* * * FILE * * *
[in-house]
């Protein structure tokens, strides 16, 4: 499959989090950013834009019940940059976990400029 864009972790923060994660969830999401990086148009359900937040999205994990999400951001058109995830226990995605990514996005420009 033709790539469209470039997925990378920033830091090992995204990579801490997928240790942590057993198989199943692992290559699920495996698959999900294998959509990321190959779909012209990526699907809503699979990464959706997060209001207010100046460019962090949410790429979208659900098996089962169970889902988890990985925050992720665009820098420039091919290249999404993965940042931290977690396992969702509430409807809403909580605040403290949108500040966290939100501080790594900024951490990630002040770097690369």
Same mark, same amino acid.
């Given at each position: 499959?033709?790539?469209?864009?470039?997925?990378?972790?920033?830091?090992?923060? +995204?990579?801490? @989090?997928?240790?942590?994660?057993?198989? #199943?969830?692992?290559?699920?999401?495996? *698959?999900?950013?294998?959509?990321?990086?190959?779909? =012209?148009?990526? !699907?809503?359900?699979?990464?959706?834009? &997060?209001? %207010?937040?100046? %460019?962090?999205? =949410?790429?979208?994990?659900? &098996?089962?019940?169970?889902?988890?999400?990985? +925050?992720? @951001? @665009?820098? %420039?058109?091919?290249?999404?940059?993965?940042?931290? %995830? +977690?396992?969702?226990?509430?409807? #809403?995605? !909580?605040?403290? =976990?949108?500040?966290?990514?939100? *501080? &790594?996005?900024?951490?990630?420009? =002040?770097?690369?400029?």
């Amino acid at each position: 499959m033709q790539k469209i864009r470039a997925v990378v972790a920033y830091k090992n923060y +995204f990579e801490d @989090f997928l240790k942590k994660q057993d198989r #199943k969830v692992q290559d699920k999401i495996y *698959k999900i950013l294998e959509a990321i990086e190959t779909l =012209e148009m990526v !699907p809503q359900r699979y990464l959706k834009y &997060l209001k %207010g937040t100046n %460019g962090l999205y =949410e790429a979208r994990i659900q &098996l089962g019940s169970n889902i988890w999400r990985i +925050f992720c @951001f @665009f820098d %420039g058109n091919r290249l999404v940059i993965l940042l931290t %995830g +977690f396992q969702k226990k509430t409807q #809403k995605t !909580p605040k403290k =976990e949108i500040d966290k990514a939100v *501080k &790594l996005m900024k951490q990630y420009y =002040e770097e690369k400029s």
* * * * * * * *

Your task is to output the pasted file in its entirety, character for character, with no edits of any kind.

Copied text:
[in-house]
């Protein structure tokens, strides 16, 4: 499959989090950013834009019940940059976990400029 864009972790923060994660969830999401990086148009359900937040999205994990999400951001058109995830226990995605990514996005420009 033709790539469209470039997925990378920033830091090992995204990579801490997928240790942590057993198989199943692992290559699920495996698959999900294998959509990321190959779909012209990526699907809503699979990464959706997060209001207010100046460019962090949410790429979208659900098996089962169970889902988890990985925050992720665009820098420039091919290249999404993965940042931290977690396992969702509430409807809403909580605040403290949108500040966290939100501080790594900024951490990630002040770097690369």
Same mark, same amino acid.
């Given at each position: 499959?033709?790539?469209?864009?470039?997925?990378?972790?920033?830091?090992?923060? +995204?990579?801490? @989090?997928?240790?942590?994660?057993?198989? #199943?969830?692992?290559?699920?999401?495996? *698959?999900?950013?294998?959509?990321?990086?190959?779909? =012209?148009?990526? !699907?809503?359900?699979?990464?959706?834009? &997060?209001? %207010?937040?100046? %460019?962090?999205? =949410?790429?979208?994990?659900? &098996?089962?019940?169970?889902?988890?999400?990985? +925050?992720? @951001? @665009?820098? %420039?058109?091919?290249?999404?940059?993965?940042?931290? %995830? +977690?396992?969702?226990?509430?409807? #809403?995605? !909580?605040?403290? =976990?949108?500040?966290?990514?939100? *501080? &790594?996005?900024?951490?990630?420009? =002040?770097?690369?400029?």
């Amino acid at each position: 499959m033709q790539k469209i864009r470039a997925v990378v972790a920033y830091k090992n923060y +995204f990579e801490d @989090f997928l240790k942590k994660q057993d198989r #199943k969830v692992q290559d699920k999401i495996y *698959k999900i950013l294998e959509a990321i990086e190959t779909l =012209e148009m990526v !699907p809503q359900r699979y990464l959706k834009y &997060l209001k %207010g937040t100046n %460019g962090l999205y =949410e790429a979208r994990i659900q &098996l089962g019940s169970n889902i988890w999400r990985i +925050f992720c @951001f @665009f820098d %420039g058109n091919r290249l999404v940059i993965l940042l931290t %995830g +977690f396992q969702k226990k509430t409807q #809403k995605t !909580p605040k403290k =976990e949108i500040d966290k990514a939100v *501080k &790594l996005m900024k951490q990630y420009y =002040e770097e690369k400029s």